Some fresh organic vegetables lend themselves particularly well to soup making and produce a fine tasty soup with nothing added but a few herbs and seasoning - though a dollop of cream can do a lot to make them even tastier. Use up old cream or crème frais rather than throwing it away. Even if it is getting a bit sour, it still does well when cooked in soup!

There are plenty more easy cheap soup recipes on the Vegetable soup recipe page. Most vegetable soups can make a cheap healthy recipe for everyday. You can cut down on some of the more expensive ingredients. As long as you do not skimp on butter or cream most vegetable soups can taste quite magnificent.

If you prefer the vegan option or don't want to use butter or other dairy products, cooked beans such as haricot beans or borlotti beans can provide richness and flavour.

Easy Carrot Soup

Here's an cheap healthy recipe for simple carrot soup.

You need carrots, cooking oil and/or butter, and a good handful of herbs such as coriander, chervil or parsley. Garlic and onions can be added if desired.

  • Prepare your carrots and chop them into pieces about 1 inch long. Sweat the prepared carrots with oil in a closed pan on a low heat for 10 minutes or so. For a large batch of soup use a kilo of carrots and a couple of tablespoonfuls of your best oil. Olive oil is very good but there are plenty of alternatives and groundnut (or peanut) oil will do perfectly well. A good knob of fresh organic butter is also very good. The main trick is to extract as much taste from your carrots as possible.
  • Keep the carrots moving from time to time to prevent burning. Once they have begun to tenderise, add enough water to cover them entirely and some. Cook until tender.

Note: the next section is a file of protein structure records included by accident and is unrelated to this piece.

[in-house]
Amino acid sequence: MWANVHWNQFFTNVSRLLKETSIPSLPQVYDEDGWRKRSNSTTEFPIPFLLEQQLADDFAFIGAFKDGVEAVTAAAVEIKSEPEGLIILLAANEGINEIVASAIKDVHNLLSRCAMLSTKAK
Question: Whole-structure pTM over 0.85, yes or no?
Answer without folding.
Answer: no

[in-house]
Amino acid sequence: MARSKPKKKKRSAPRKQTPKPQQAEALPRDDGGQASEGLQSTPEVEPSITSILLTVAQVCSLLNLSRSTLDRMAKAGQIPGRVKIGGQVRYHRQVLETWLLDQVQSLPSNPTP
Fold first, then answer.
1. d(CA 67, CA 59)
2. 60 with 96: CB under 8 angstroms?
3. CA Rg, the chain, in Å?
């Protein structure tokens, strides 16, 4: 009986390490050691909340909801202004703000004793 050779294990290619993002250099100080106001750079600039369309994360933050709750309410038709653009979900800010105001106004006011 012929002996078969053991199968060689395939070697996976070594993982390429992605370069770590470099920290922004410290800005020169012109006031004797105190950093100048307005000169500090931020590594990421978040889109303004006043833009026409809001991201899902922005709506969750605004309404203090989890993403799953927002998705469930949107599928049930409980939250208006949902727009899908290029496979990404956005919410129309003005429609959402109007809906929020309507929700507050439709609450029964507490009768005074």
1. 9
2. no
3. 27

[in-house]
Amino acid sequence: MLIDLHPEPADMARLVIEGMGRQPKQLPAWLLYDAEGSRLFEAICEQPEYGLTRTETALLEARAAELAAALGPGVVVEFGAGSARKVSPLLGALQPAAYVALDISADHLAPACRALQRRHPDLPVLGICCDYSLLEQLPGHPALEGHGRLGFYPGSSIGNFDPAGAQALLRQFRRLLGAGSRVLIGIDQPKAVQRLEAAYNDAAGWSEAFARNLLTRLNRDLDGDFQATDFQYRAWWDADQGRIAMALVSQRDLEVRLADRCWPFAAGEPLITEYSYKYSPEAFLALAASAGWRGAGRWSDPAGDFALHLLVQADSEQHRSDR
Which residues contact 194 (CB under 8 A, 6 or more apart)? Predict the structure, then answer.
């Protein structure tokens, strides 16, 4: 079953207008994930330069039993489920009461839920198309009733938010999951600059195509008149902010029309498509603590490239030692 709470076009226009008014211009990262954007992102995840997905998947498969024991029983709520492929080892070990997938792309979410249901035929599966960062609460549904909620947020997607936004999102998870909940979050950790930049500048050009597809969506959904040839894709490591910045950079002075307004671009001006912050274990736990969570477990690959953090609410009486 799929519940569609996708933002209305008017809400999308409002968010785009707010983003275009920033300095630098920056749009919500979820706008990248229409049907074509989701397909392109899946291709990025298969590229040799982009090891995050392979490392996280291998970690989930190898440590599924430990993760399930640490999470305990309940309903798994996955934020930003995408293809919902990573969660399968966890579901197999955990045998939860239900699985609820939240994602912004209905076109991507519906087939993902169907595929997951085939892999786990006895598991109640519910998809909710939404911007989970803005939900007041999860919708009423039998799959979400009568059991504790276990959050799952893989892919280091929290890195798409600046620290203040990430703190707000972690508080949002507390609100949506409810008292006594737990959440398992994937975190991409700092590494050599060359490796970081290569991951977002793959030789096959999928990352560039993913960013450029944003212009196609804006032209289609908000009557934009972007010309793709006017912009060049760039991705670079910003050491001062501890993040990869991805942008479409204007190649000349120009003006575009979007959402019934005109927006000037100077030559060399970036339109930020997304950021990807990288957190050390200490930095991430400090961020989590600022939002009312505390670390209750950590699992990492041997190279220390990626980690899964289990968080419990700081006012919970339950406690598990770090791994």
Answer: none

• Purée the cooked carrots in a blender or food processor until they become reasonably smooth. (Leave some lumps if you like! One way is to just blend about half or three quarters of the soup and leave the rest as lumps. Many people prefer a bit of texture.)
  • Alternatively if you prefer, you can simply mash the mixture with a potato masher or force the cooked vegetables through a sieve to get the effect of blending .
  • Put the soup back onto the hob and bring it back to a low simmer. Add more water if you need to. When you are satisfied that the taste and texture is good, add a good handful of chopped herbs. Coriander and parsley are both particularly good.
  • Cook for a further two or three minutes to let the flavours infuse and then add a half pint or so of cream or crème frais. Stir and serve immediately with crusty bread or croutons.

A cheap healthy recipe idea for when you are really feeling the pinch is to use vegetable peelings, scraps and stalks to prepare soups. Use anything and everything which is reasonably wholesome - after a good wash, of course. You can filter out the more fibrous stuff before puréeing or before serving.